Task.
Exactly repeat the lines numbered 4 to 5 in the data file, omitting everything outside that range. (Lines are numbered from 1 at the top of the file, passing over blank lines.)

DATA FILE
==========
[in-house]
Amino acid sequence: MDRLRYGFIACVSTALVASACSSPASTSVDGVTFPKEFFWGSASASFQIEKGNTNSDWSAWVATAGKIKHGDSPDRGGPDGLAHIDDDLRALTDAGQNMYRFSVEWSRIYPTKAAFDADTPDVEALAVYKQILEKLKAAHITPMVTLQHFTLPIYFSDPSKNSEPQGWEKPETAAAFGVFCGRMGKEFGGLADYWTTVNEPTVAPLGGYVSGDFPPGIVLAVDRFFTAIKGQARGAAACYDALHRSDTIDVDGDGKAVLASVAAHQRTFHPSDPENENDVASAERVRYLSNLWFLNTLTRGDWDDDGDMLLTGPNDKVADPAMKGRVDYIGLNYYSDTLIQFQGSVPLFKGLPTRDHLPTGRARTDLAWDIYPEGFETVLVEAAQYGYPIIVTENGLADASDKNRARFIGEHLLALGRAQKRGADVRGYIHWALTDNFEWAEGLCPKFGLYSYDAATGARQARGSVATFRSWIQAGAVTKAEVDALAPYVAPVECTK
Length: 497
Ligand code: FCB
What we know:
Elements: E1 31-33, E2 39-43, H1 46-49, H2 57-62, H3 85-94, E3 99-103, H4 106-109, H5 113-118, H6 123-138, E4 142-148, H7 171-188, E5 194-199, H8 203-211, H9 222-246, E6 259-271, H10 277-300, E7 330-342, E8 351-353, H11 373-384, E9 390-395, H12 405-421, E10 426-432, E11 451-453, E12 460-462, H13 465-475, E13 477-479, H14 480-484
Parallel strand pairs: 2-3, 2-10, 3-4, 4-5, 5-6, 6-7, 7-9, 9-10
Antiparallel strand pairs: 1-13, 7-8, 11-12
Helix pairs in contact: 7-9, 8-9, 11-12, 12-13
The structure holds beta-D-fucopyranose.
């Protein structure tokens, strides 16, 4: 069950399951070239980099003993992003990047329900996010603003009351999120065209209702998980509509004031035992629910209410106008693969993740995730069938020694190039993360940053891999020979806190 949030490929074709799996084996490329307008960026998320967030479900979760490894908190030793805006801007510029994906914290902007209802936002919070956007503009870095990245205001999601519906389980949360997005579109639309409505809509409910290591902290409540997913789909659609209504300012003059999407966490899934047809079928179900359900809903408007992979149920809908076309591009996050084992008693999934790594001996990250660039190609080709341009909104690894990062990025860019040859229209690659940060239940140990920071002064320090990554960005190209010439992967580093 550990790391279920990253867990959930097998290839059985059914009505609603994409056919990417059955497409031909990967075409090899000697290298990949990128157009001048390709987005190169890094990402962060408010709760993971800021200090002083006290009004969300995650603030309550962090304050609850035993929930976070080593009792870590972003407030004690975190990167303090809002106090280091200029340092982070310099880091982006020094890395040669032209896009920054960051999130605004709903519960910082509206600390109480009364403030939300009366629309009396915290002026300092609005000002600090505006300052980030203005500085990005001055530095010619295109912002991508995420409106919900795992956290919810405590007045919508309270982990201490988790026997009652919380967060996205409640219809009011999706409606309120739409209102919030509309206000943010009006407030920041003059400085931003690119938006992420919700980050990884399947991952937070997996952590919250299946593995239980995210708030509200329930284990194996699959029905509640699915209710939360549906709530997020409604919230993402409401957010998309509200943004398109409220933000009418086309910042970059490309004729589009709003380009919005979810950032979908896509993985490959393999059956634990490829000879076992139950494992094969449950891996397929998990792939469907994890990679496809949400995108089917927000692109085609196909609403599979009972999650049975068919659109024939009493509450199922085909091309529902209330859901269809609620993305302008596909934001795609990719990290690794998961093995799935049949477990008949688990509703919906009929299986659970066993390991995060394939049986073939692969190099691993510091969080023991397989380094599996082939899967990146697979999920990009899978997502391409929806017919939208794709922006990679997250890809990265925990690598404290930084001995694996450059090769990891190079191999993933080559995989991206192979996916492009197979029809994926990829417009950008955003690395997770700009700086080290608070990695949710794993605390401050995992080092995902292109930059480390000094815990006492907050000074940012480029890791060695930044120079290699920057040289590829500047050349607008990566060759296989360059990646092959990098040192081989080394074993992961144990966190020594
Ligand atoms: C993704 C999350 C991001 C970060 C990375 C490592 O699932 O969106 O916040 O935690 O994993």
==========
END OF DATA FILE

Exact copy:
Ligand code: FCB
What we know: